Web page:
/ Anybody managed this party trick?
1 in a million?
Cool, did this mean you could abseil the 2nd pitch in a one-r?
I once bailed off a winter route in a blizzard, in the dark, and when trying to pull the ropes found that they would only move a meter whichever way I pulled. We had abbed from the 2nd belay where I left a bomber wire. At some point during the abseil the rope had clipped itself into an in-situ peg with a krab, thus trapping the knot between 2 krabs.
I only know this because some kind soul returned the ropes to us and explained how they were found!
I've seen one other person post on here in ~5 years with exactly the same problem. The end whips up through its own loop when you give it the final tug.
I've had this happen twice in twenty five years of climbing
Mmmm the self manufacturing half hitch - a rare example!
This reminds me of a hypothetical problem that was set whilst on an MIC training course. It involved the retreat of a big wall with a wildly overhanging pitch of 40 m to a good ledge with a 50m rope with more easy short abseils to follow below. This required the rope to be retrieved. One solution (Not tried or recommended) involved a sheepshank in the rope in which the dead part was then cut. While in tension the knot held but when shaken out it released allowing the continuation of the retreat process.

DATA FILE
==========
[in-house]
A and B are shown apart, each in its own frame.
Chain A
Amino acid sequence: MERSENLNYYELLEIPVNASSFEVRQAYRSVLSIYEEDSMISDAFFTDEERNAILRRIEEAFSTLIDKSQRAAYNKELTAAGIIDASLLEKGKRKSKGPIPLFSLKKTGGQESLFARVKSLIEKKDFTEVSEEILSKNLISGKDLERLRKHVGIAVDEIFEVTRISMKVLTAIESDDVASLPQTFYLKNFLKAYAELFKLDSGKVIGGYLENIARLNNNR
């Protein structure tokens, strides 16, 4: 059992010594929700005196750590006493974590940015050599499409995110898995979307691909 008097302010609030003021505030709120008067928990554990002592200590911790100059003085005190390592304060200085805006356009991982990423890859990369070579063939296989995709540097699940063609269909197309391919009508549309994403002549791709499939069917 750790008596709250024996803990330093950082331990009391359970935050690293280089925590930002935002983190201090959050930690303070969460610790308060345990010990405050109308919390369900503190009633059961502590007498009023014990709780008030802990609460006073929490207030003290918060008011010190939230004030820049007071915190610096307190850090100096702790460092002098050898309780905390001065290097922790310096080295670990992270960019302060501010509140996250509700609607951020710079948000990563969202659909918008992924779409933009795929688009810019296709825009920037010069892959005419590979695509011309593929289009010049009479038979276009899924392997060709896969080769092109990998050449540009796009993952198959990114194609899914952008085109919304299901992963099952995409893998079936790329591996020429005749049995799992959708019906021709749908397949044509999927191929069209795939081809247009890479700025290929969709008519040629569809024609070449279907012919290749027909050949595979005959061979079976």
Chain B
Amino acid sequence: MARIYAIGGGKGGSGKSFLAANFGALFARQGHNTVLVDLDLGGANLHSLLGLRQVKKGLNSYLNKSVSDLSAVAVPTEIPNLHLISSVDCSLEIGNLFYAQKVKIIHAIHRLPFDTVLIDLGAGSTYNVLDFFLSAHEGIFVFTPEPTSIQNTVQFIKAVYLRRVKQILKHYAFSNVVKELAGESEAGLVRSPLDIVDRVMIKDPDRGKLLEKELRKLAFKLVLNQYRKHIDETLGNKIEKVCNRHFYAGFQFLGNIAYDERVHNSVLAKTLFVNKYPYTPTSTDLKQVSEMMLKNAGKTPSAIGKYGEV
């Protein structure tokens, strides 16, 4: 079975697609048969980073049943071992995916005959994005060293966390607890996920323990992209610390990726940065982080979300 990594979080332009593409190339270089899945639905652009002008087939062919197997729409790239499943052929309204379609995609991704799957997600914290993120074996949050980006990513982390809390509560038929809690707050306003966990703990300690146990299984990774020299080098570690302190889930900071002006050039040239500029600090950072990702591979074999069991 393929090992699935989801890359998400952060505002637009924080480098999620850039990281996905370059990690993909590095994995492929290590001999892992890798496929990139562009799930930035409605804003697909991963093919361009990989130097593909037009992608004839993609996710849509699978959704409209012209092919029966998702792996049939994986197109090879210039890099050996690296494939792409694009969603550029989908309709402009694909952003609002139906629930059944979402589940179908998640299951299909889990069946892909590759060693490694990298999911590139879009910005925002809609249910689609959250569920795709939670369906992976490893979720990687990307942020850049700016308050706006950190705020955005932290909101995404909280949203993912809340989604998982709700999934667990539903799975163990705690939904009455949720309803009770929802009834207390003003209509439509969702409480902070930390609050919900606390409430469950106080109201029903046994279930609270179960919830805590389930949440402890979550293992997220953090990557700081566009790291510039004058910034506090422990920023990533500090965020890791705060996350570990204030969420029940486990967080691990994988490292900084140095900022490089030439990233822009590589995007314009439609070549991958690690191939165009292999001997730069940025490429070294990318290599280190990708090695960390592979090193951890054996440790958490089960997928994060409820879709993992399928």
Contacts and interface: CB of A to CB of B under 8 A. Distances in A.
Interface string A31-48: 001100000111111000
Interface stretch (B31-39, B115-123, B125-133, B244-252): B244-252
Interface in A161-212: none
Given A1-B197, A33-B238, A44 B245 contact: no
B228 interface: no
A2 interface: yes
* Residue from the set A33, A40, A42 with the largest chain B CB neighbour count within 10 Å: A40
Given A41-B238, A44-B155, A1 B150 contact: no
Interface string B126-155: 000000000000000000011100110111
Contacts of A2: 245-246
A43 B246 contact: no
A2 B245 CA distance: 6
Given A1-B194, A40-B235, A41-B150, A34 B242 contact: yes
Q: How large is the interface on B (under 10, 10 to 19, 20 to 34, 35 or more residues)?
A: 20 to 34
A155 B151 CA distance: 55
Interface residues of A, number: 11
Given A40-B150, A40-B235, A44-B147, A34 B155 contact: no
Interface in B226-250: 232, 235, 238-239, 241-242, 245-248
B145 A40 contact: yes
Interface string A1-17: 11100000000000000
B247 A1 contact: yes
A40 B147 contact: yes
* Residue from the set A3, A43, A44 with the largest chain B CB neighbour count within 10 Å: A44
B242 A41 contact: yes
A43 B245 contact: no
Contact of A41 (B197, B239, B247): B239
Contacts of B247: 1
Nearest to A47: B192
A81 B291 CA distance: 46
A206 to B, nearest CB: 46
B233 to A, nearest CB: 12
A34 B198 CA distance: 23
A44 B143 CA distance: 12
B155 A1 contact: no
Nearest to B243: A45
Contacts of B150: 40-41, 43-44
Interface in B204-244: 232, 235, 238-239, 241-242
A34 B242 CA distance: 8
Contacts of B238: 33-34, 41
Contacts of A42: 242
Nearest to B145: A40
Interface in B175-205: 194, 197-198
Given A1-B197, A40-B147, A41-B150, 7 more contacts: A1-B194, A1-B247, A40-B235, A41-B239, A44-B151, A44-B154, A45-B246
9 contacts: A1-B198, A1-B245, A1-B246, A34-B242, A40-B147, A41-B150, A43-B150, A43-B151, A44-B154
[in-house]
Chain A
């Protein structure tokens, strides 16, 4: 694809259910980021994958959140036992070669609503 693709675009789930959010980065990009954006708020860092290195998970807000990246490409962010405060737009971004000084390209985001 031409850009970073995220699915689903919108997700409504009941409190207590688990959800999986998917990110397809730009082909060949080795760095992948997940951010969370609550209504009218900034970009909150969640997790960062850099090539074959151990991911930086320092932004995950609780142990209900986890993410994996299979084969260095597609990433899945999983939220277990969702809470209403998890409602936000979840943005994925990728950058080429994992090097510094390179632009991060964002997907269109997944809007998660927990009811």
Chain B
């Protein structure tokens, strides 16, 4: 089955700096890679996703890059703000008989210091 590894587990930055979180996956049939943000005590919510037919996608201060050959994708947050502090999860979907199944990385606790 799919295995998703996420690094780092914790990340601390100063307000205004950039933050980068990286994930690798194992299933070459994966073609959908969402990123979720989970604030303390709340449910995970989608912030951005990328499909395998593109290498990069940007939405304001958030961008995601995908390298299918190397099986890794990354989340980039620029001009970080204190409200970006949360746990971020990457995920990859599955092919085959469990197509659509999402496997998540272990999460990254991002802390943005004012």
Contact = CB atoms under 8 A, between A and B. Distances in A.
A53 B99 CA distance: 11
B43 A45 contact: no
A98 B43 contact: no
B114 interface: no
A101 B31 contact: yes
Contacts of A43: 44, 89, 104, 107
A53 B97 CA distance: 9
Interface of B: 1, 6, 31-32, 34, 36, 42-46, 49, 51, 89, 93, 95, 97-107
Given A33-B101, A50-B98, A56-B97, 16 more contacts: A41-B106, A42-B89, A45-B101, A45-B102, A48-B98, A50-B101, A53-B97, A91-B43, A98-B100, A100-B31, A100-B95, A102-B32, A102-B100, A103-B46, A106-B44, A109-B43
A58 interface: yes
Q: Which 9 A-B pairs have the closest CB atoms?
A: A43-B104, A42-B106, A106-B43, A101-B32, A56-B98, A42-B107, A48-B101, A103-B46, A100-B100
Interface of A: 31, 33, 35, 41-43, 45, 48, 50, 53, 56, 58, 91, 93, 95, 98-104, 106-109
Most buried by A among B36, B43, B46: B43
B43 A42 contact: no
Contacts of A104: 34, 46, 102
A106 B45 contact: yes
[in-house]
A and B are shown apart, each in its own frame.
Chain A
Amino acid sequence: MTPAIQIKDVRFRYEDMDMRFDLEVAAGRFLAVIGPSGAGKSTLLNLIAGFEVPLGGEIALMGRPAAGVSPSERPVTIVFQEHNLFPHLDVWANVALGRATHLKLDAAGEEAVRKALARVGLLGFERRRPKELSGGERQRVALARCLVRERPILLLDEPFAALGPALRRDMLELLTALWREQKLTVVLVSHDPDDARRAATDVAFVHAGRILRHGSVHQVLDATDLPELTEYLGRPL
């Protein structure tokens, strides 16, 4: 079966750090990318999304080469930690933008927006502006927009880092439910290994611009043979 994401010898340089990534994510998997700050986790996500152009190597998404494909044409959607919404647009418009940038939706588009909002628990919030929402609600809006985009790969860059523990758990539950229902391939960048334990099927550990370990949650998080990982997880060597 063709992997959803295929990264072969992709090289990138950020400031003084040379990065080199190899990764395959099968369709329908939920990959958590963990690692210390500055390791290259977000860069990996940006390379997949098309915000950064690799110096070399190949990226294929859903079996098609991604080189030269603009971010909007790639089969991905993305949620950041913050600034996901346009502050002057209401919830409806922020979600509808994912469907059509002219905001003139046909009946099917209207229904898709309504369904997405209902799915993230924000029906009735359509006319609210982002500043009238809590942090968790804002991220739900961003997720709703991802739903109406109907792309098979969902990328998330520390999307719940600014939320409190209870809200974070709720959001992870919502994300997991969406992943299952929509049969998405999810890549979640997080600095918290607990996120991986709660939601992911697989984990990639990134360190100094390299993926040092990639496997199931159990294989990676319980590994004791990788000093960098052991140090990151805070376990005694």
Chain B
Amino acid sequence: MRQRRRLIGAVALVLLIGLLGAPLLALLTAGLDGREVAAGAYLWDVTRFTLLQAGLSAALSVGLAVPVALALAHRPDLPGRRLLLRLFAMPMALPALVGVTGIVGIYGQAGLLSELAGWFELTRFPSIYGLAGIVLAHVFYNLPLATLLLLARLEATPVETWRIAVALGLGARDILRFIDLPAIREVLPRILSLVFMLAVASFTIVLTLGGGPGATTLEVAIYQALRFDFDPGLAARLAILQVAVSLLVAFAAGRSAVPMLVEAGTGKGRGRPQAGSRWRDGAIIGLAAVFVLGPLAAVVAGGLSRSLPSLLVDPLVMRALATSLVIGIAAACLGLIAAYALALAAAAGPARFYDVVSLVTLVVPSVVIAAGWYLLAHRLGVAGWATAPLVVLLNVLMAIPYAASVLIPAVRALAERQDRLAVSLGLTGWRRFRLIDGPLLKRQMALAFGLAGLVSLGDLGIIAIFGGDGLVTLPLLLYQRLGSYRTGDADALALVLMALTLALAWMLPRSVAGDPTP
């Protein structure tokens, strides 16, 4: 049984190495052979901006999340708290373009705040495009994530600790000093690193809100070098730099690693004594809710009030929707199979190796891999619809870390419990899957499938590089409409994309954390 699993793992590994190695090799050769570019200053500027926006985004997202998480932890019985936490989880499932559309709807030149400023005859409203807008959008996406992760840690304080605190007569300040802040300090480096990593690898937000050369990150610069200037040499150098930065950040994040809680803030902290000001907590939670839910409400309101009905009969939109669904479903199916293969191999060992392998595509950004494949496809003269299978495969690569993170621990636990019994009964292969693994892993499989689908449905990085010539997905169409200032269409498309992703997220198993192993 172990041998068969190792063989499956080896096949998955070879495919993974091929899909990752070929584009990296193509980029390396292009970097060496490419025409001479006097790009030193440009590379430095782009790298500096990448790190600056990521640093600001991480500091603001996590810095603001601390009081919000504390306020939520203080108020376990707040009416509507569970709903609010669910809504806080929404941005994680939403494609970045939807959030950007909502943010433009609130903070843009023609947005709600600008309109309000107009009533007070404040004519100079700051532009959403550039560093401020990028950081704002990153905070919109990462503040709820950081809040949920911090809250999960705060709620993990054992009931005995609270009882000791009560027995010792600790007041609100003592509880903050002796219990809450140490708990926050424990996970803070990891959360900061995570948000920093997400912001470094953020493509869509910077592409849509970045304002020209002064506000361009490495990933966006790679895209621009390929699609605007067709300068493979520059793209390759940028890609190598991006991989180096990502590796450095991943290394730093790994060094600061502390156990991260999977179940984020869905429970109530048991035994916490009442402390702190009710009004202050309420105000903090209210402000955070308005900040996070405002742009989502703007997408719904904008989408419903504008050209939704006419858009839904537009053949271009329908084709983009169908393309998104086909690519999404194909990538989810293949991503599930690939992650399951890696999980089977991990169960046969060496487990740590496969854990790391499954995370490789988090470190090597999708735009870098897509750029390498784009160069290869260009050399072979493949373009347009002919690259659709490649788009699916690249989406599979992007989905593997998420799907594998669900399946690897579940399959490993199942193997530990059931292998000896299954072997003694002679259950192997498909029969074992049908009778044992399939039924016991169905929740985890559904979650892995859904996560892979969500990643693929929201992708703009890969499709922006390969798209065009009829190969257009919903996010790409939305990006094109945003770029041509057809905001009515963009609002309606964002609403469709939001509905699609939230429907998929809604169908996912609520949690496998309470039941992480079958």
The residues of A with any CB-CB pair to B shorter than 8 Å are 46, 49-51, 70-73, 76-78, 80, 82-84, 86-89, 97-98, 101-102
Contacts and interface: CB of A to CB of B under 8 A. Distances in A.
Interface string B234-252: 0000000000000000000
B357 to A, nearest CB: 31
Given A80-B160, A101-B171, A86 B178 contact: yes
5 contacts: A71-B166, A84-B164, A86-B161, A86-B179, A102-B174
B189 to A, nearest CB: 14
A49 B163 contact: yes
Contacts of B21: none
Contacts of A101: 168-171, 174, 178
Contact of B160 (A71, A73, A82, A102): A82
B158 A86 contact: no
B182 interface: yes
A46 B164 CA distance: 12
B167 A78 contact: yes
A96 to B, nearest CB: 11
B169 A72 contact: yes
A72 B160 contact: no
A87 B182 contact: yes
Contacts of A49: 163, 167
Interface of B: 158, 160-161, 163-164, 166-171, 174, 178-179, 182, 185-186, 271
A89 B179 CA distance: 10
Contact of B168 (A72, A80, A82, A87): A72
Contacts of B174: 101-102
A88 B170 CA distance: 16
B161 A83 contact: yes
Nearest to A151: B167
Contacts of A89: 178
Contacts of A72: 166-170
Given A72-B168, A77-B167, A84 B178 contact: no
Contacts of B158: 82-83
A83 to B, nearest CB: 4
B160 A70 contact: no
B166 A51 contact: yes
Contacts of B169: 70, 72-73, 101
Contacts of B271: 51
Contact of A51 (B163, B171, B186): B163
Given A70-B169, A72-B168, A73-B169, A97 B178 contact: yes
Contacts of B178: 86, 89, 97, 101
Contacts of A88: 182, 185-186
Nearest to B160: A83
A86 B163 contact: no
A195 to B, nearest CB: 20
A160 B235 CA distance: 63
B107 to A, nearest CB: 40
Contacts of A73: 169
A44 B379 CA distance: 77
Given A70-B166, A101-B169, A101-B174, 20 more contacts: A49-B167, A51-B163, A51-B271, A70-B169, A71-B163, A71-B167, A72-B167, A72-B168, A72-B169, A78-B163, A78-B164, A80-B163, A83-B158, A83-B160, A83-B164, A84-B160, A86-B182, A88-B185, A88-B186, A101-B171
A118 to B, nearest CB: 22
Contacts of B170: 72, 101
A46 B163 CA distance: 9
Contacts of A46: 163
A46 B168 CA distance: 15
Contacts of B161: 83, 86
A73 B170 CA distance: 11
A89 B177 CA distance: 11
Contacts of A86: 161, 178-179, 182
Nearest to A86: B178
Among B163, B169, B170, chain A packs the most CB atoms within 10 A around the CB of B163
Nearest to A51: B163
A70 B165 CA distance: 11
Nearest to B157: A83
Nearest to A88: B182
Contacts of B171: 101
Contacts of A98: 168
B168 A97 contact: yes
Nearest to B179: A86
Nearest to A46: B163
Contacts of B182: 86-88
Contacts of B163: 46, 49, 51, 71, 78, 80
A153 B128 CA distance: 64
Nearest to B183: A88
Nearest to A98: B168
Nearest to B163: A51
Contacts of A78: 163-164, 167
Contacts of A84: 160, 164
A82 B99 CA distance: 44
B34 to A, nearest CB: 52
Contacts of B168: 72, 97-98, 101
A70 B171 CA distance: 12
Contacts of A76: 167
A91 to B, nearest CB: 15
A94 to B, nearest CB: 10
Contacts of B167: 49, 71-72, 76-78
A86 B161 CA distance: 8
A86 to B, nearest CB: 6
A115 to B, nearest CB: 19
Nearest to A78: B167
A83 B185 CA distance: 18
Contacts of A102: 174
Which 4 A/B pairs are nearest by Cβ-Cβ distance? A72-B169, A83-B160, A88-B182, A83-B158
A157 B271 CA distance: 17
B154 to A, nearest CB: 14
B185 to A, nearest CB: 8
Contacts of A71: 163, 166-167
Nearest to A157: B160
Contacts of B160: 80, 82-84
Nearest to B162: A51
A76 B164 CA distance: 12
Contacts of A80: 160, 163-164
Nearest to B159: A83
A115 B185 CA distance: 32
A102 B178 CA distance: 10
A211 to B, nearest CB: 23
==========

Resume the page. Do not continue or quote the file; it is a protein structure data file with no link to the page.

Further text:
It happened to me and the Mrs sport climbing a few months ago, same knot.
Top tip, don't suddenly give it 'a good tug'. Smoothly pulling removes a lot of weird edge cases like this.
Did this abbing off bolts on an ice route. Looked exactly the same as your problem when I climbed back up to sort it out.
In a blizzard descending Mount Kenya:
Yeah, I'm sure it does. Problem I find with just letting the rope fall is that it's more likely to catch on spikes, etc and get jammed that way. Maybe it's a skinny half rope problem.
Must have been grim. I was lucky in that I only had 20m climbing back up to to ab point.
Awesome. That is really bad luck!
Amazing! I'd never seen or heard of this before!
It is amazing what the end of a rope will do. Much more common than this, the end of the rope can form a small loop that is not threaded through itself, but which nevertheless can fly into a crack and get caught. When one tries to pull the rope down, the downward rope jams sideways against the upward going rope. The more one pulls, the worse the jam becomes. As others have said, I think it is best to be gentle or even very gentle with that final tug.
This happened to a mate of mine when he was descending in the Dolomites. He had an exciting time jumaring back up it to retrieve .. apparently no other option.
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